From DANAHAY 69: "engineers who built bridges, forts and other structures the army might need"

    6. Horse Guards

      From MCCONNELL156: "The famous 'Blues,' or Royal Horse Guards, consolidated in 1819."

      From DANAHAY 69: the Royal Horse Guards: elite British army cavalry unit

    7. stereotyped formula

      GANGNES: In this case, according to the Oxford English Dictionary, "something continued or constantly repeated without change; a stereotyped phrase, formula, etc.; stereotyped diction or usage."

    8. belligerent

      GANGNES: In this case, according to the Oxford English Dictionary: "waging or carrying on regular recognized war; actually engaged in hostilities," which is to say, the narrator is imagining, and is excited about, an epic war between the British and the Martians.

    9. field gun

      From DANAHAY 71: "a piece of mobile artillery, usually pulled by horses"

    10. tea

      GANGNES: In this case, the equivalent of dinner or an evening meal (hence it being "six in the evening"). See Oxford English Dictionary: "locally in the U.K. (esp. northern) ... a cooked evening meal"

    11. bevy

      From DANAHAY 71: large group

    12. horse and dog-cart

      From MCCONNELL 159: "a light, two-wheeled vehicle with two seats, back to back: horse-drawn"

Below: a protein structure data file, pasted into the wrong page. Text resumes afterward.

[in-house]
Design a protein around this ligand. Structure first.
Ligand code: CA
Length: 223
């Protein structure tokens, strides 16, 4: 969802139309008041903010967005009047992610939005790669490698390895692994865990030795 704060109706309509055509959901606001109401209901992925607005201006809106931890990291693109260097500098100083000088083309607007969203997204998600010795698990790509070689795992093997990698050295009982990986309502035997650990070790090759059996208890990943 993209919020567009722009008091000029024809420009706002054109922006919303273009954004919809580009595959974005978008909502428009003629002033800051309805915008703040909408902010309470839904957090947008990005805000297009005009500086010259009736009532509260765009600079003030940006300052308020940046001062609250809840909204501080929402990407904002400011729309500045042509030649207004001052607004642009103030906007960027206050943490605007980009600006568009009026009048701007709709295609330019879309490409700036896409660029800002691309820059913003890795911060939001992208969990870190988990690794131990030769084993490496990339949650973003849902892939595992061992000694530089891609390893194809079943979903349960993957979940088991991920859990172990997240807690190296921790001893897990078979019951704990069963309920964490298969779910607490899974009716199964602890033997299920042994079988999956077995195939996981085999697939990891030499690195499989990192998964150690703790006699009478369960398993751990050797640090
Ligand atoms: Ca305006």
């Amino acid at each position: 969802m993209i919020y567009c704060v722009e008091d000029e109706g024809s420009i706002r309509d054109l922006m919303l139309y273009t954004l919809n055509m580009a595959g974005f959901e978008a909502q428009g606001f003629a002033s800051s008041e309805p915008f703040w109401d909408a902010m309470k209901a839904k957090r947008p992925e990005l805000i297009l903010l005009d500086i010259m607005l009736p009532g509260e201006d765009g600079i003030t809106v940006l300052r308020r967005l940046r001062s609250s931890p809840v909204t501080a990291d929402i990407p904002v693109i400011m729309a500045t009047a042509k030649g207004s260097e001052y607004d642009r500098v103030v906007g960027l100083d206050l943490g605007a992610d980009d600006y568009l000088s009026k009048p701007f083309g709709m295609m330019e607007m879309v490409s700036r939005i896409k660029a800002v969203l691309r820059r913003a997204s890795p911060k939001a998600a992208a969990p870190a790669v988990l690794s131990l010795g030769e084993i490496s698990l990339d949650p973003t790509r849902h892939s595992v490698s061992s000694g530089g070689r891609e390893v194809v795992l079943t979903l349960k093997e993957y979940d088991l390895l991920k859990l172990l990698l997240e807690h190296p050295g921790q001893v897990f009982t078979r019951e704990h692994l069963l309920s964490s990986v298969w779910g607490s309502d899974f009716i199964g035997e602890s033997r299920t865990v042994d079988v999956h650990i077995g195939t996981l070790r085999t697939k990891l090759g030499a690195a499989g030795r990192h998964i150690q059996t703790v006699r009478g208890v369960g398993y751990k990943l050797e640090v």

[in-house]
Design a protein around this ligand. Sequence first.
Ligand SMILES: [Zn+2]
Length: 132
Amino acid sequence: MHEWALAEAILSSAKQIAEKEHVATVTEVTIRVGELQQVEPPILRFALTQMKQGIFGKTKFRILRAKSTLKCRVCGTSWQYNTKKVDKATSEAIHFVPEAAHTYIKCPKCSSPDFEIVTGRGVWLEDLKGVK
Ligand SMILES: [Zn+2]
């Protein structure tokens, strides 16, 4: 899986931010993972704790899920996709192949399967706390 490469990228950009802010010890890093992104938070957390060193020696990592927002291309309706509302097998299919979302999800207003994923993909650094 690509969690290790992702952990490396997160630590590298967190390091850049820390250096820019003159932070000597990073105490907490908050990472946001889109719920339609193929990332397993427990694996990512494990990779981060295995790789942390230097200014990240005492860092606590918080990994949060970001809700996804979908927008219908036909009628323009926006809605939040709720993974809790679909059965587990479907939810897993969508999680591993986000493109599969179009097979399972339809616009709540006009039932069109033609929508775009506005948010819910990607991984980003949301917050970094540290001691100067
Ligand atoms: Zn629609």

13. palings

      From MCCONNELL 159: fence pickets

    14. dish cover

      From DANAHAY 72: a large metal cover used to keep food hot

    15. spanking

      From DANAHAY 73: speeding

    16. dog roses

      From MCCONNELL 161: "European variety of rose, with very pale red flowers"

    17. fusillade

      From DANAHAY 74: "a round of coordinated fire by a body of soldiers"

    18. good hap

      From DANAHAY 74: good luck

    19. heard midnight pealing out

      From DANAHAY 75: church bells ringing

      GANGNES: Which is to say, the church bells rang in such a way that indicated the time was midnight

    20. smote

      From DANAHAY 75: struck or hit

    21. tripod

      From MCCONNELL 163: "Any three-legged support, although the most common instance of the 'tripod' for Wells's readers would probably have been the tripod on which older cameras were mounted."

    22. in its wallowing career

      From DANAHAY 76: in its path

      GANGNES: In the 1898 edition, "wallowing" is removed.

    23. articulate

      From DANAHAY 76: jointed, able to bend and/or move

    24. insensate

      From DANAHAY 76: without consciousness

    25. squatter’s

      From DANAHAY 77: a squatter is "a person living in a building without paying rent"

    26. stress

      From DANAHAY 78: force

    27. Colossi

      From MCCONNELL 169: "giant figures"

    28. torpor